Elizabeth Peyton paintings

And finally, on the "straight" photograph side of things, I discovered the work of Australian photographer Bill Henson at the Armory, though he's been around for a while...great looking C-prints at the show (though easy to get lost with all the other distractions and the crowds at the Armory), and his luscious nocturnal landscapes and dimly lit teenagers are spooky, erotic, and yes, painterly in all the right ways...they look fine online as well.


Bill Henson C-print

11:39 PM | Permalink


TrackBack URL for this entry:

Listed below are links to weblogs that reference Painting vs Photography, and Beautiful Fuzzy Visions:


"I see a dangerous similarity with Polaroid transfer. It's too easy to be arty; the majority of work I see is often empty of vision, personal style and craft."

I am very interested in pinhole and Polaroid transfer and this is one of my majors concerns. I want to make photography and not pinholes or tansfers...and it is dificult. It is to easy to make an appealing image.

Posted by: António at Mar 17, 2004 8:43:39 AM

I can understand what Antonio is telling there, I feel a bit the same about my Diana toy camera photos, regarding the possibility of being trapped in a toy-photo scene, instead of a simple/straight photo-scene.

Posted by: Farrolas at Mar 17, 2004 12:38:27 PM

I thought we'd all gotten over "authorial intent" back in the 80s. What difference does it make whether the process is "easy"? Shouldn't the evaluation be based on the actual content of the picture? Is it unique? Does it add something valuable to the discussion? "Easy" may decrease the likelihood that something unique will result from the process, but that shouldn't be used to write off an entire category of art, should it?

Posted by: Todd W. at Mar 24, 2004 2:08:33 PM

Todd, I'm not sure we're reading the same thing from Mark Sink's quote. For over thirty years, students have been using plastic cameras in art programs, but as a teacher, Sink sees students using them without much thought about what it is they want to communicate or create, beyond an interestingly fuzzy image that speaks to broad and hazy themes (decay, destruction, abstraction etc). Your well-placed questions regarding uniqueness and value in regards to evaluating an image speak to the issues Sink raises.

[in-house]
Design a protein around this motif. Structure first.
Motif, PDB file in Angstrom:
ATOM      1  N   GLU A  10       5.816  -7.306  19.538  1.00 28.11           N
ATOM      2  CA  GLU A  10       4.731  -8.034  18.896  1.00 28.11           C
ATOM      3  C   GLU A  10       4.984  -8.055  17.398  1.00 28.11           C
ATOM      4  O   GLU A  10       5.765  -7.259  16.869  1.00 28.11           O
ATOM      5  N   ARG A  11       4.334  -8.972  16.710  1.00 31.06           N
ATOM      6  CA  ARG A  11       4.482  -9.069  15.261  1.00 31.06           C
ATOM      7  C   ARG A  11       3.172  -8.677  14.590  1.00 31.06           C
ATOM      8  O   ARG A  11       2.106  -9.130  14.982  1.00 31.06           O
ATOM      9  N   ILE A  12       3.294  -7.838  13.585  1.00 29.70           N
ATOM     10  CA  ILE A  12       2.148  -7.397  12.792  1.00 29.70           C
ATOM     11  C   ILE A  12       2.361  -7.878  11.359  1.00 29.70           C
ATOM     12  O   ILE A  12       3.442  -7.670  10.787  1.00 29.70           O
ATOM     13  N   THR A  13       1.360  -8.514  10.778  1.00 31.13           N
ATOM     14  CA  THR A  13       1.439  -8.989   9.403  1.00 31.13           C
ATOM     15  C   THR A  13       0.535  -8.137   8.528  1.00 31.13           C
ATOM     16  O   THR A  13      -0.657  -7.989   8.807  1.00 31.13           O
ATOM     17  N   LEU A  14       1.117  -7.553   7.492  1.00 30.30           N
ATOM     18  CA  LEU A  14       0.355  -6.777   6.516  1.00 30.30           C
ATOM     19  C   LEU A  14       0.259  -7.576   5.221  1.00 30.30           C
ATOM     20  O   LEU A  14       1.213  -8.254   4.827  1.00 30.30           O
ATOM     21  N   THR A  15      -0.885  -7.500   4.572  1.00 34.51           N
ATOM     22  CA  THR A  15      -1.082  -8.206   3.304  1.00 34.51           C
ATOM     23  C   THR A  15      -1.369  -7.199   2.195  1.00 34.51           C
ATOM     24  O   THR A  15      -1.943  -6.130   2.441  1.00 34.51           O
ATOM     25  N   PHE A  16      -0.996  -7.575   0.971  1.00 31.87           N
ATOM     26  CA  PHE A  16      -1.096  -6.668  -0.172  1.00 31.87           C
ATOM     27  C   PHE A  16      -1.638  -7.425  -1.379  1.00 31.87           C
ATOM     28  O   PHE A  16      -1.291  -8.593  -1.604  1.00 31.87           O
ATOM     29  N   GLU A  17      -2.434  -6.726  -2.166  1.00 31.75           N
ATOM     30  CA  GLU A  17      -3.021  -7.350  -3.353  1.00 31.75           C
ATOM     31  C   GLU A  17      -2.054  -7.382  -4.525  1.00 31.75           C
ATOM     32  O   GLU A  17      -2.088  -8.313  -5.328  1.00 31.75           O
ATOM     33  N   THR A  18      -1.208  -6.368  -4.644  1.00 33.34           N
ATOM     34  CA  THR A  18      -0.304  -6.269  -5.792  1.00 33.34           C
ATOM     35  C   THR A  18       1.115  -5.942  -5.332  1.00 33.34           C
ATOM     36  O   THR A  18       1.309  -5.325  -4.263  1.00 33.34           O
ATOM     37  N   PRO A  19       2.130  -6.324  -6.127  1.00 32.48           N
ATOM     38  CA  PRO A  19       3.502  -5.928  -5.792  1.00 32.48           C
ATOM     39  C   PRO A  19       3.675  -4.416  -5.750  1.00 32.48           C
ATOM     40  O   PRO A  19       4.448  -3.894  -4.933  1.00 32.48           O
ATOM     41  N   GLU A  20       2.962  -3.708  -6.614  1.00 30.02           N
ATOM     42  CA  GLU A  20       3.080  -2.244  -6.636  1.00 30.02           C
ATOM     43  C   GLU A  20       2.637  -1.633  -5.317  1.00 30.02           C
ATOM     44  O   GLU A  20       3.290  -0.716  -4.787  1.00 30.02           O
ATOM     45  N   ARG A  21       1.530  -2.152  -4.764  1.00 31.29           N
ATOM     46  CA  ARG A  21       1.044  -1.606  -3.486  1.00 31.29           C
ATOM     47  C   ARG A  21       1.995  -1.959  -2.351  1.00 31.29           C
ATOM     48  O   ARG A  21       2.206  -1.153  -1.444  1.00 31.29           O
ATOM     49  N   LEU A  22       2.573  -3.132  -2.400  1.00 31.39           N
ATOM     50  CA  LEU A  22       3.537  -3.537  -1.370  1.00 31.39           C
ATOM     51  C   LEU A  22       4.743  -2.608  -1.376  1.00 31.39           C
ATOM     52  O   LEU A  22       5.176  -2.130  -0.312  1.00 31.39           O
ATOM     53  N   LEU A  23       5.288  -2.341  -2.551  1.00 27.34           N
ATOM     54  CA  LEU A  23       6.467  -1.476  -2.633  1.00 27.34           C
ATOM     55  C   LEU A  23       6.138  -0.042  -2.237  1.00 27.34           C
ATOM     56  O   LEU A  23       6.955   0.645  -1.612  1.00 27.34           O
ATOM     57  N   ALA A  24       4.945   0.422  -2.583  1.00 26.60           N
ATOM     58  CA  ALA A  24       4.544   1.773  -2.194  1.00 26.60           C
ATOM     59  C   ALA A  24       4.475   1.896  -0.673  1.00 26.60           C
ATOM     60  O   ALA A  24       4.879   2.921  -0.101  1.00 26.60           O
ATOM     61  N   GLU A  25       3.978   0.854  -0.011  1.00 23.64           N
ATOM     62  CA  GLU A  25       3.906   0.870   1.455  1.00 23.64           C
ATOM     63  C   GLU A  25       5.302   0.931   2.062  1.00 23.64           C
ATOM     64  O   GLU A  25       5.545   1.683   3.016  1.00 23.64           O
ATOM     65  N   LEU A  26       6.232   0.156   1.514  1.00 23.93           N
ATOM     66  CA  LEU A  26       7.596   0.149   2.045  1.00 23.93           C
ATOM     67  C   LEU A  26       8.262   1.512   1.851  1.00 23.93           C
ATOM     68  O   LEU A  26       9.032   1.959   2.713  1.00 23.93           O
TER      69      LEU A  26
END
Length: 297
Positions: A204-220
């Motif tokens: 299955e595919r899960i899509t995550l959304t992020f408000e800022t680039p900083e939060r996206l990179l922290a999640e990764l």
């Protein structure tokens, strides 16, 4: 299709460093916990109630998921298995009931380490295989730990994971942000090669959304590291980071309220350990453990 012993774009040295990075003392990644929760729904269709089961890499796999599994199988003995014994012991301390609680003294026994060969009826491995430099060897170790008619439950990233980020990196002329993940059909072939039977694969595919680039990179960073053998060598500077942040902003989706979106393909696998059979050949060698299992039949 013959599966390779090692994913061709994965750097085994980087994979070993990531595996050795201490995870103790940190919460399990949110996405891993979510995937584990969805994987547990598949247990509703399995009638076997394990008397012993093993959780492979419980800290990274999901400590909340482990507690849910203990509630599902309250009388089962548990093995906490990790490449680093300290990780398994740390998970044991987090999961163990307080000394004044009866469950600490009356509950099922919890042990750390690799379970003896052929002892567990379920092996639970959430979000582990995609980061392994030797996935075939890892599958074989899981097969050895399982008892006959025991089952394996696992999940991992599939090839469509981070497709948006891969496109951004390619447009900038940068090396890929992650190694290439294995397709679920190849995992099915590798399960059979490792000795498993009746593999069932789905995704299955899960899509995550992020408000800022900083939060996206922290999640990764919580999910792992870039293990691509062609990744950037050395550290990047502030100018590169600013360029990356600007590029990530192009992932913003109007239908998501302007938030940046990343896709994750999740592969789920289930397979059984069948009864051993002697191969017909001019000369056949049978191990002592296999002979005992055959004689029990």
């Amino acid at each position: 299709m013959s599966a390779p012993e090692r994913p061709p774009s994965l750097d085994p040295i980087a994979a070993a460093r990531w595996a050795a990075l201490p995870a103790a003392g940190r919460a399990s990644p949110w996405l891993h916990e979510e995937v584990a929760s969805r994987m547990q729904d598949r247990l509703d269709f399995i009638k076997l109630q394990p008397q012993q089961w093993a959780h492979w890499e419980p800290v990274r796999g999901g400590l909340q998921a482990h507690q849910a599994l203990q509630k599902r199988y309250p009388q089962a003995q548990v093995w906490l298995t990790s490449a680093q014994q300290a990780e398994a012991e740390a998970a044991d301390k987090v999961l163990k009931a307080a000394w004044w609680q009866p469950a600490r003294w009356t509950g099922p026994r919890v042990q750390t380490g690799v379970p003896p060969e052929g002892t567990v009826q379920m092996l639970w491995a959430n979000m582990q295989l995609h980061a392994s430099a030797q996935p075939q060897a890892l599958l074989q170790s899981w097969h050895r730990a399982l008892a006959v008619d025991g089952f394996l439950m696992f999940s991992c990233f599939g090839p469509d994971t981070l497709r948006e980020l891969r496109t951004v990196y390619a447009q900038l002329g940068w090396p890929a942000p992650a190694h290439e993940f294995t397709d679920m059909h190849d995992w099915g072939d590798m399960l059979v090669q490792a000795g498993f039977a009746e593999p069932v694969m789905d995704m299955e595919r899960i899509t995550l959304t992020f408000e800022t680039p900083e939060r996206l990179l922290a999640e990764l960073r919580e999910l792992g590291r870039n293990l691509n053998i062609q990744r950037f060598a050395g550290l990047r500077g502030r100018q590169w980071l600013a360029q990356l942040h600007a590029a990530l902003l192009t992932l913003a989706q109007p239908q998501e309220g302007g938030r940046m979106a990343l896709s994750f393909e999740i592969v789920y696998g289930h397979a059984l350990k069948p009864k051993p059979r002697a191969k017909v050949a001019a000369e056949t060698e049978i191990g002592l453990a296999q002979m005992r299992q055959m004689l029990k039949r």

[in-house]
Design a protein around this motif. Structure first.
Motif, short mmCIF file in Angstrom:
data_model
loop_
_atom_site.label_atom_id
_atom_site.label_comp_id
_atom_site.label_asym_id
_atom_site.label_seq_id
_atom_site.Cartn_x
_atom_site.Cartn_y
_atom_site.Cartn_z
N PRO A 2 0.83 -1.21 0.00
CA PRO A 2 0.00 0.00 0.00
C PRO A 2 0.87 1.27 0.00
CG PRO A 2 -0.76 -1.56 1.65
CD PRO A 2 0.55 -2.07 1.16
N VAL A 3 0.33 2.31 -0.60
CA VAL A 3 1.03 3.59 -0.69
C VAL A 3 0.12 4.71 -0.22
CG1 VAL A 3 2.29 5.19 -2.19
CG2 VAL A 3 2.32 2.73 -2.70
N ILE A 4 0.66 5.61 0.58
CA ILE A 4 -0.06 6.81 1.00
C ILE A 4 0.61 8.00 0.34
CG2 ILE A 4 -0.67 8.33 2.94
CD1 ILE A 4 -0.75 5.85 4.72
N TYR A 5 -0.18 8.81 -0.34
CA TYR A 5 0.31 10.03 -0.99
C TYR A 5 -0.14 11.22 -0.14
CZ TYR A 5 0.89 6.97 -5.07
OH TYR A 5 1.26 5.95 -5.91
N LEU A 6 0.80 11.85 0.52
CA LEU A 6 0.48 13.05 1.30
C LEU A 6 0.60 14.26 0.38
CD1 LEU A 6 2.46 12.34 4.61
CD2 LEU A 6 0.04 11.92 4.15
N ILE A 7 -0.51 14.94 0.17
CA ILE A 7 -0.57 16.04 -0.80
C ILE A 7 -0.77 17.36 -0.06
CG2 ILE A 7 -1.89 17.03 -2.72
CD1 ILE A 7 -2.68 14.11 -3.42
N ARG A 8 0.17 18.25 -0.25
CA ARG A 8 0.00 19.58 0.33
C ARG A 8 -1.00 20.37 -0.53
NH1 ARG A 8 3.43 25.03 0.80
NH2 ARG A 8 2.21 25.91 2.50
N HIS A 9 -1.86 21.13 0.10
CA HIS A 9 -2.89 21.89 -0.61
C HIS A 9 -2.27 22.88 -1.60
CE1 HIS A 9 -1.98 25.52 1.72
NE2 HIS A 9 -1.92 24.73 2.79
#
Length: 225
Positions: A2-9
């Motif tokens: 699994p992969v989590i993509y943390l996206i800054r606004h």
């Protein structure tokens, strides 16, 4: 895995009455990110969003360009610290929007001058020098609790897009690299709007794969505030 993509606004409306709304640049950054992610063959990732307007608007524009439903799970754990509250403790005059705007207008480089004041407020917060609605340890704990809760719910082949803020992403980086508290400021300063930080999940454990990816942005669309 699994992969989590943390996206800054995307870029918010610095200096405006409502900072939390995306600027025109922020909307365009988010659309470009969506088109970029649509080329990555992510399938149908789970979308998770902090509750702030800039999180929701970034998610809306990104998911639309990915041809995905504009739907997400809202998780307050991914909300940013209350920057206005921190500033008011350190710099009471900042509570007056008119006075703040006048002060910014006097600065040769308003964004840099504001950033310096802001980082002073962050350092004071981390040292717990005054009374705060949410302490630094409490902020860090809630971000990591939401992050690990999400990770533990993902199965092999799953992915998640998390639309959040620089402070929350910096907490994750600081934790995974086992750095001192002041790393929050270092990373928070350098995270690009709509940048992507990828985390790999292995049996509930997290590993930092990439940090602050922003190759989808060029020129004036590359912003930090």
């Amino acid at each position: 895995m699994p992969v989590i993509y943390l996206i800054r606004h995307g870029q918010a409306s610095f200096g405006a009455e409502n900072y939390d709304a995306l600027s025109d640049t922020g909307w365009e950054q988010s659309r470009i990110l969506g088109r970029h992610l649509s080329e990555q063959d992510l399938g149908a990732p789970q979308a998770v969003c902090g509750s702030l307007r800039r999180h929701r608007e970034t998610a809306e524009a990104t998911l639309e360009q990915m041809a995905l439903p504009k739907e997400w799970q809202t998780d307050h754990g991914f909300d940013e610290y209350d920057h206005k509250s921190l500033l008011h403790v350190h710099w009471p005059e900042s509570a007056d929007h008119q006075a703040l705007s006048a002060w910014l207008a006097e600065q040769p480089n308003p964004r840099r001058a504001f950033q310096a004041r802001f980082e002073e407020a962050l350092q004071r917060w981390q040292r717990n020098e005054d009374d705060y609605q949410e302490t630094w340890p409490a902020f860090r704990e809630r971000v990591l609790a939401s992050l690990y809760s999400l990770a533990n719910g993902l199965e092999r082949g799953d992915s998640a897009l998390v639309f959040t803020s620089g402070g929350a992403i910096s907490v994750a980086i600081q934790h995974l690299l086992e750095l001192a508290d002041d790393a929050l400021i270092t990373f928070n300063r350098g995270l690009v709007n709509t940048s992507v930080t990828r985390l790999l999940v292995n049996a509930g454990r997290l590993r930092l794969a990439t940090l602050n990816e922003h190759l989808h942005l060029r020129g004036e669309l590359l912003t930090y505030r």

I don't believe Sink is referring to the actual "easiness" of the process (point and shoot snapshots are easy, too), but the "ease" (a sort of intellectual laziness) of creating an interestingly different picture with plastic cameras that goes beyond photography's standard way of representing subjects...he feels it's been overdone, and that too many cliches and lazy pictures have resulted.

And I don't think he's writing off "an entire category of art", just asking for more creativity. This is a call that applies to many artistic paths which have been done to death, from zone system landscapes to flower still lifes to the staged contemporary photography of today. I'm not sure what "authorial intent" has to do with it, or where the '80s fit in this discussion.

Posted by: Robert at Mar 24, 2004 7:58:17 PM

a greater loss but has had the rock, lyrics miss his talent and infected us with a rage of others, wish you were his art and his talent here with us the man was alone on their own ..

Posted by: sildenafil at Apr 26, 2010 3:39:40 PM